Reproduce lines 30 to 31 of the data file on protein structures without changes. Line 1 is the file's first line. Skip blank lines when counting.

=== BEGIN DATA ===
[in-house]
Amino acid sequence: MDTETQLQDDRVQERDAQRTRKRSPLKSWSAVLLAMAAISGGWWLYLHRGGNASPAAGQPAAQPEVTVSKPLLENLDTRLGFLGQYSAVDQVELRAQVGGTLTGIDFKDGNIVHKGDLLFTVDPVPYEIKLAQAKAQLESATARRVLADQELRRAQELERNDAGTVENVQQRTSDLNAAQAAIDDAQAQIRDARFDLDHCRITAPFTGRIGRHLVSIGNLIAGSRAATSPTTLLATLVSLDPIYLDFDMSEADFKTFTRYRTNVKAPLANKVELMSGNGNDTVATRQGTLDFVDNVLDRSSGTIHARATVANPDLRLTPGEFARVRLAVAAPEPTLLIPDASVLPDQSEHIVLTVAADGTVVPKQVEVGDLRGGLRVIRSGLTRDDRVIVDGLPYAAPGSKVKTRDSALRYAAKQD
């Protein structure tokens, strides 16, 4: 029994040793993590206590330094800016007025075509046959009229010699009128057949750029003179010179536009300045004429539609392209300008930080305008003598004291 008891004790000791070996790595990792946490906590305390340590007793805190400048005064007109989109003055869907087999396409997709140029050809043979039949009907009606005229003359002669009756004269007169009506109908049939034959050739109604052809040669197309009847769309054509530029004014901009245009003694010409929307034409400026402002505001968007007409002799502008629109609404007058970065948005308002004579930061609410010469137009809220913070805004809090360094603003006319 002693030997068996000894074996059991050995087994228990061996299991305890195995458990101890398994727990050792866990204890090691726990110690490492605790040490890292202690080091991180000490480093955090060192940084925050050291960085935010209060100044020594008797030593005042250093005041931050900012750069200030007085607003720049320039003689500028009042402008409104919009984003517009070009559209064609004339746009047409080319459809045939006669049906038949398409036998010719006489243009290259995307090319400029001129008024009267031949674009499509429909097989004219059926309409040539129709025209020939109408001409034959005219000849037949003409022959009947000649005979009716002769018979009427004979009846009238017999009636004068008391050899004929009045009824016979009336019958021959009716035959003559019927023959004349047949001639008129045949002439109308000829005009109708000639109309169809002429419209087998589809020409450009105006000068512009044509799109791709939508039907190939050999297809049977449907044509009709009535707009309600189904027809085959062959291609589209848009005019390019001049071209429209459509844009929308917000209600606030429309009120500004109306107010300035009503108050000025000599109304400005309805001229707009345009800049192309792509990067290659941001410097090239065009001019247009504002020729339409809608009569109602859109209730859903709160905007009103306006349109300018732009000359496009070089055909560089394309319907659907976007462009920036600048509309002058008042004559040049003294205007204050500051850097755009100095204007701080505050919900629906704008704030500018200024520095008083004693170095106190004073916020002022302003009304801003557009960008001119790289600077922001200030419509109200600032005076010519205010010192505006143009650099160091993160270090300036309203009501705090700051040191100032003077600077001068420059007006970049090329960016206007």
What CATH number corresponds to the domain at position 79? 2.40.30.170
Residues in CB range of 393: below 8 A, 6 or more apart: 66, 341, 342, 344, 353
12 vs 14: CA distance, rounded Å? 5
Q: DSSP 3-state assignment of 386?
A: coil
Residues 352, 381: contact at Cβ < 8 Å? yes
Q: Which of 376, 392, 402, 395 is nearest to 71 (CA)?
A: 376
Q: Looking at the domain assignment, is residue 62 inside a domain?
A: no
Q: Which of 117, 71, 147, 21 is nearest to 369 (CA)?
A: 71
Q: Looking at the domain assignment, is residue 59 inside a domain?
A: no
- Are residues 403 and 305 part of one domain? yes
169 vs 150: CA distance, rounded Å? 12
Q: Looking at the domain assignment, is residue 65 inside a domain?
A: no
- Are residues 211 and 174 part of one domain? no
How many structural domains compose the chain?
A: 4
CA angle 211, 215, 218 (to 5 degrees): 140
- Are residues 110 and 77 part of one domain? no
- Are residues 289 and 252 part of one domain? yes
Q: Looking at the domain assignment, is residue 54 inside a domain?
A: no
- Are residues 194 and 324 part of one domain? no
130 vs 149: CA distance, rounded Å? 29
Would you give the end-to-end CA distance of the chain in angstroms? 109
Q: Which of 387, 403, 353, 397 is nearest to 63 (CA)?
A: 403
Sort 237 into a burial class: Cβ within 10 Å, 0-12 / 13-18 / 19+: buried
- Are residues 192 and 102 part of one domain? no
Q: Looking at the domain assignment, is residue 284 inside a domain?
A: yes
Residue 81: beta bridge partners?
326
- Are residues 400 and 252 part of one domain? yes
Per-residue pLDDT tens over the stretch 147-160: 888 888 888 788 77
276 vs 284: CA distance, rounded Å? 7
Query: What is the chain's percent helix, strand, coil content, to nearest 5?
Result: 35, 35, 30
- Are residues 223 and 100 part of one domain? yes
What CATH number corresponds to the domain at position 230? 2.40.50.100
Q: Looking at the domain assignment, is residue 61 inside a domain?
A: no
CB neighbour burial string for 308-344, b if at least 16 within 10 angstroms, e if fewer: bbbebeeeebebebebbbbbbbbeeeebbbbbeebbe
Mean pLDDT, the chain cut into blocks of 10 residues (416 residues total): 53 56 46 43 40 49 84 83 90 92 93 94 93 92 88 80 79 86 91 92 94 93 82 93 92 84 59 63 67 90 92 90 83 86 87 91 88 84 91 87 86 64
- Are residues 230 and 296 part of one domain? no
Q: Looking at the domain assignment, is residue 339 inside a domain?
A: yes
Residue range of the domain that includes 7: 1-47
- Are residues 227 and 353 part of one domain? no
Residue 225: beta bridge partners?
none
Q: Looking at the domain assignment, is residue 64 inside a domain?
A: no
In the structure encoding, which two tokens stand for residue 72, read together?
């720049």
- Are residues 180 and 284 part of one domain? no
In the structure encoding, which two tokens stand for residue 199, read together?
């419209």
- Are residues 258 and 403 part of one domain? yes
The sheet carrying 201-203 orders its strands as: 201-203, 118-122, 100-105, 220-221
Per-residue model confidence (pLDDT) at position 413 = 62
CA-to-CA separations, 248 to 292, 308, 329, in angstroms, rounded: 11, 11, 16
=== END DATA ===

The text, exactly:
- Are residues 194 and 324 part of one domain? no
130 vs 149: CA distance, rounded Å? 29